Obscuring the drivers’ vision

Recently I shared a decision from the Coroners Court where a tree shading a streetlight contributed to a road death.  A recent case from Kansas has taken a different approach to the obligations of owners of trees.

It was mid-afternoon on 14 September 2011, and Darren Manley was driving north on Anderson Road in Labette County, Kansas.  At the same time a truck driven by John Patton was being driven west on the intersecting County Road 20000.  Trees growing on land adjoining the intersection obscured the drivers’ view of each other.  Manley was killed in the resulting collision.

Labette
Rural road, Labette County, KS (Image from here)

Mr Manley’s estate sued the owners of the land where the trees grew.  It was alleged that they had wrongfully caused his death by allowing the trees to obstruct the vision of passing motorists.  The owners sought summary dismissal of the claim which was granted by Labette County District Court.  The plaintiff’s appeal to the Court of Appeals was also dismissed: Manley v Hallbauer, 387 P. 3d 185 (2016).  They further appealed to the Supreme Court of Kansas.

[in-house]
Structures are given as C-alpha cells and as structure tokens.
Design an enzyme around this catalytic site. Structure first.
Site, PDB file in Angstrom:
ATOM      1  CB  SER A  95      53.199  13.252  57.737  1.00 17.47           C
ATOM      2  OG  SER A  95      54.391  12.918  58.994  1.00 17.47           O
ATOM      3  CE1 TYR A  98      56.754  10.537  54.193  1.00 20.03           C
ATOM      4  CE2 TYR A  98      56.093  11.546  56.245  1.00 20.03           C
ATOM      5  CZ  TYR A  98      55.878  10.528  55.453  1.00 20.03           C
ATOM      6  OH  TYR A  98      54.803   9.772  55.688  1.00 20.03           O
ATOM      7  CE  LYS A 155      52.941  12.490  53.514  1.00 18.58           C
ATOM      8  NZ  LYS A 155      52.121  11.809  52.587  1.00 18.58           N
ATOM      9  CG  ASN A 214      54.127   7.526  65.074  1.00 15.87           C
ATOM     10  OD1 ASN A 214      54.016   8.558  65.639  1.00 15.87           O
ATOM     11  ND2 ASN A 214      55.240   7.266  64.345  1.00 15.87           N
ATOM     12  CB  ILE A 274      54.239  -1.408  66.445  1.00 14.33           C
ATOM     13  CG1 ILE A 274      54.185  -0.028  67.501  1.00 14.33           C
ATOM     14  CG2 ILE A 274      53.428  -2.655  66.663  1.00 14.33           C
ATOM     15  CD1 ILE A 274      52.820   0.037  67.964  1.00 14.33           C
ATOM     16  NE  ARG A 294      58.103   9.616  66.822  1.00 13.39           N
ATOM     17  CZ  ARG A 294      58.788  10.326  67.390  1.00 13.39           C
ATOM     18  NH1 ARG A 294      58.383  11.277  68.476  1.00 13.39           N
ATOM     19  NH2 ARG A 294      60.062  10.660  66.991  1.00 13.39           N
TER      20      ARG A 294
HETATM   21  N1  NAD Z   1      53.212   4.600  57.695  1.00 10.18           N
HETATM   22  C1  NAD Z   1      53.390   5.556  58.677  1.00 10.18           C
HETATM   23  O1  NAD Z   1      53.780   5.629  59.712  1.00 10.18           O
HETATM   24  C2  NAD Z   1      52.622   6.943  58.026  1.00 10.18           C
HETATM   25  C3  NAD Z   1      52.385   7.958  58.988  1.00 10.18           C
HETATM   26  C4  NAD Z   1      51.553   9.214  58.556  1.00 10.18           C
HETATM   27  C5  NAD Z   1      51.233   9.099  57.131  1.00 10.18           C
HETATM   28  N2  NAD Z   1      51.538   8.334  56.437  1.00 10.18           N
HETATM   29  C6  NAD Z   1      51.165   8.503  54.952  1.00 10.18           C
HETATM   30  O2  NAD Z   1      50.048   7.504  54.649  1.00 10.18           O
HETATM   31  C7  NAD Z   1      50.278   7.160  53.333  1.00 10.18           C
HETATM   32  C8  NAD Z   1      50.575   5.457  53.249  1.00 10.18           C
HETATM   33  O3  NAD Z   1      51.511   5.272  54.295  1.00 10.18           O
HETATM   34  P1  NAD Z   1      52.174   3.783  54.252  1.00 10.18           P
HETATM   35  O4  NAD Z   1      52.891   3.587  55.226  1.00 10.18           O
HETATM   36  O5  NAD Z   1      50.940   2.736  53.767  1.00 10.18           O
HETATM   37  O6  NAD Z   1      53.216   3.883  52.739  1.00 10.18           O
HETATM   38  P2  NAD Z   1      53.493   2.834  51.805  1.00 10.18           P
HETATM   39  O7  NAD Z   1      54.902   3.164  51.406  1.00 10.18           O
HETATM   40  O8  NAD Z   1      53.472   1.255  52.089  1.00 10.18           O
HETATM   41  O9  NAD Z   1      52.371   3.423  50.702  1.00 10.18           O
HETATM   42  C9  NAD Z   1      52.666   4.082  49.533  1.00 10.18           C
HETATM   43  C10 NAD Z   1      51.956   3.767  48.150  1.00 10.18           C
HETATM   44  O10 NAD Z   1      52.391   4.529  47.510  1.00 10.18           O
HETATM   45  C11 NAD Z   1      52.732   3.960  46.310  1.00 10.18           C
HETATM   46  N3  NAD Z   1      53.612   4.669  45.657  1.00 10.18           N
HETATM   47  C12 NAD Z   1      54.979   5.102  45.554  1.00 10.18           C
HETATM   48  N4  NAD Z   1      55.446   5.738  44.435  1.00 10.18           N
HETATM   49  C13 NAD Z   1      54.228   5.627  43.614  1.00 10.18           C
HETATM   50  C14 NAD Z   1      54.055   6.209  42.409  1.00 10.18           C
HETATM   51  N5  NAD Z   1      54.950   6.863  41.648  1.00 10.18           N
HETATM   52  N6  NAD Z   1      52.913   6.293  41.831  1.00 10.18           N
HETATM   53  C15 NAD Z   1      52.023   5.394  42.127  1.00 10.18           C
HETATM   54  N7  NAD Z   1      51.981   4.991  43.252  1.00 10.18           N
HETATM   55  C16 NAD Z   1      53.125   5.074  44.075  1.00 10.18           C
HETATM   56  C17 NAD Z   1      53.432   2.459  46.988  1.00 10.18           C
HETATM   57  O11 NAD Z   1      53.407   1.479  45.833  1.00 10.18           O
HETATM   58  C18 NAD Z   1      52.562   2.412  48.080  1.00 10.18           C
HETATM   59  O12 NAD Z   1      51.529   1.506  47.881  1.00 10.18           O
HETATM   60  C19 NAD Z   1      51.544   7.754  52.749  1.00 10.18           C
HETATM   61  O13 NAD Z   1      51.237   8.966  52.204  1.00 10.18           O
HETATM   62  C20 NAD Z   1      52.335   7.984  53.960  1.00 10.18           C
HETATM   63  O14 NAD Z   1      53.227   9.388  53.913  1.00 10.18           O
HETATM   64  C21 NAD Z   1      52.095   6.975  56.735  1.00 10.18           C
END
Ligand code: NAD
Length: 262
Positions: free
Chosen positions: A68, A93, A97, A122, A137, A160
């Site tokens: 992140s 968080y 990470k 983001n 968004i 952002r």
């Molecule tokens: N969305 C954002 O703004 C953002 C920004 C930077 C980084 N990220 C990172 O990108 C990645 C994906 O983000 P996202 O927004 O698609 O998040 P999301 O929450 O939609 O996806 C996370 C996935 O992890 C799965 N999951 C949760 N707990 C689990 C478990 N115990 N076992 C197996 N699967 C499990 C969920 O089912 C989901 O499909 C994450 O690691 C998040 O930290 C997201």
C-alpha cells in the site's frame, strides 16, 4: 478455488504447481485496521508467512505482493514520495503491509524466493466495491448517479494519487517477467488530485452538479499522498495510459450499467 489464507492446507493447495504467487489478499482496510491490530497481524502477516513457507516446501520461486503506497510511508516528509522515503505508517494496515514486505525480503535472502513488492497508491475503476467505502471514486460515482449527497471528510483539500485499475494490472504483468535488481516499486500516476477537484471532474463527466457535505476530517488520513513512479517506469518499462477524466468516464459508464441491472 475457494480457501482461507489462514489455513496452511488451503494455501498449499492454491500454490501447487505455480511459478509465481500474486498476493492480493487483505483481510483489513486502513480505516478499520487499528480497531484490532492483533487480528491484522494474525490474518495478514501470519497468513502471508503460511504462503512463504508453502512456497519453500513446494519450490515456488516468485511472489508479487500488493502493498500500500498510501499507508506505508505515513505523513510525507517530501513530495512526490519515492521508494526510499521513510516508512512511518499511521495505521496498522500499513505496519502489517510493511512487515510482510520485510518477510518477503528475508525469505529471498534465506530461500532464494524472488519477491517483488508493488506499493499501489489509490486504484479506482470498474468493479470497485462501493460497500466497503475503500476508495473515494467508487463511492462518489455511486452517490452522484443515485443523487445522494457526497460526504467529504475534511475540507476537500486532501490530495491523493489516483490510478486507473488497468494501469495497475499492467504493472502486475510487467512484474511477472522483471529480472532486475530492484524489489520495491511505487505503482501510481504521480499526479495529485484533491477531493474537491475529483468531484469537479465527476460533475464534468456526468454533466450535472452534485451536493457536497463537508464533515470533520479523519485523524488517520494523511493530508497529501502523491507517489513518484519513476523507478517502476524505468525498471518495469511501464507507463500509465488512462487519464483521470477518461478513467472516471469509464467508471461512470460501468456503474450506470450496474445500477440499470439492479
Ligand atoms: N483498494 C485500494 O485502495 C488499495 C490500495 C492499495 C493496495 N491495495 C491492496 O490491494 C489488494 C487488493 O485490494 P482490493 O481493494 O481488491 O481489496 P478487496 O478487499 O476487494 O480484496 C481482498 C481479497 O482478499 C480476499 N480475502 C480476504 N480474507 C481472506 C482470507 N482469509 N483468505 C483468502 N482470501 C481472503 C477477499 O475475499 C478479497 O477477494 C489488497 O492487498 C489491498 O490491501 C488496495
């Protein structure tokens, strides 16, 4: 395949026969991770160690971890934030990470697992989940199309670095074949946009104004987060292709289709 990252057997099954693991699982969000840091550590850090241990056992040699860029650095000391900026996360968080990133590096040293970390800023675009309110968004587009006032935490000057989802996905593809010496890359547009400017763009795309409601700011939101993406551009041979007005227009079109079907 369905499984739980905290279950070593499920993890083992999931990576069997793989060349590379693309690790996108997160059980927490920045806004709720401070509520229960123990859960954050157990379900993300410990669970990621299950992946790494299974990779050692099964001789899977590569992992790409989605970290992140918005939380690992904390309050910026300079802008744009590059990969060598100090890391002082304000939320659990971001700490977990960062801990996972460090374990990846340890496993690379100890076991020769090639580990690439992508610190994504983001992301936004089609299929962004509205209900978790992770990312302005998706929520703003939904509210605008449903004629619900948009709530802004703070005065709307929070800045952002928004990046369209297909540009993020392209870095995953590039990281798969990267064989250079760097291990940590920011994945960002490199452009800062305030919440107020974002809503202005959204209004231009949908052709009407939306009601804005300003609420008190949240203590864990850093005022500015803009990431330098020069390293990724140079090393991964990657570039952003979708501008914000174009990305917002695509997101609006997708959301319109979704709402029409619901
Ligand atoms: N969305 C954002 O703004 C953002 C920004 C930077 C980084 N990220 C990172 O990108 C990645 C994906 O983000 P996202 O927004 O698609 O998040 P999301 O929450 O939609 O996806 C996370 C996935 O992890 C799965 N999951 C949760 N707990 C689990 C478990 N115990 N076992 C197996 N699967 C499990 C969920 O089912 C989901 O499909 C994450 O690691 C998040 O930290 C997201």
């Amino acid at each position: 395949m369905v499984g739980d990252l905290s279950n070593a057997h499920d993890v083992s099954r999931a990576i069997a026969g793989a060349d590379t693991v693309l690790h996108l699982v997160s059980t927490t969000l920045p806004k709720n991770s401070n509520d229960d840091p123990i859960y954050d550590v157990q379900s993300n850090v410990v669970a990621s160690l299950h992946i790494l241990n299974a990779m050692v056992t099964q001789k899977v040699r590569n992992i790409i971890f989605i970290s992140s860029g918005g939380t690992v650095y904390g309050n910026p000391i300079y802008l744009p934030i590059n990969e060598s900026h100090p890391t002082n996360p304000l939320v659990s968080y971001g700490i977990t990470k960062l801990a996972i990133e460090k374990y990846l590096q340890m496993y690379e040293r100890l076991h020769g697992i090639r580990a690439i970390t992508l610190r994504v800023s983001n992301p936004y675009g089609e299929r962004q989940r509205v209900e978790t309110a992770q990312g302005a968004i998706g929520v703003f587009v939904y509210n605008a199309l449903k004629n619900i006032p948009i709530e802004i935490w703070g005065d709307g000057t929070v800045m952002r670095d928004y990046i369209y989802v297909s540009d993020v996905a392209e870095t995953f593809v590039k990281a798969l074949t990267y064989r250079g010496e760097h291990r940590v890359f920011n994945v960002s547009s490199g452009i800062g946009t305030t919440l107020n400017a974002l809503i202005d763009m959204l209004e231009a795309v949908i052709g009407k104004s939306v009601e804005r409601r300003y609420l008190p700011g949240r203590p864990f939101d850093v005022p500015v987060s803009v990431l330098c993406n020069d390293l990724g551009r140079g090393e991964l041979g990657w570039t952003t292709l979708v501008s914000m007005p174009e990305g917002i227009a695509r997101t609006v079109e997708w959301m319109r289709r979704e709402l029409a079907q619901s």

The Supreme Court rejected the appeal, finding that the landowners had no duty of care.  It noted that any duty of care would need to be consistent with public policy.  Kansas common law reflected a public policy not to impose tort liability on persons in the position of the landowners in this case.

As our primary policy consideration, this court adheres to precedent “‘unless clearly convinced that the rule was originally erroneous or is no longer sound because of changing conditions and that more good than harm will come by departing from precedent.'” …. Manley does not persuade us to abandon the traditional rule that a landowner owes no duty in the circumstances of this case. We conclude the determination of the existence of duty is better resolved by following our precedent that embraces the traditional rule, especially because of the public policy that underlies that rule.

The Court duly concluded that “a landowner whose property abuts a rural intersection owes no duty to passing drivers to trim or remove trees or other vegetation on the property”.

Manley v Hallbauer (Supreme Court of Kansas, 10 August 2018)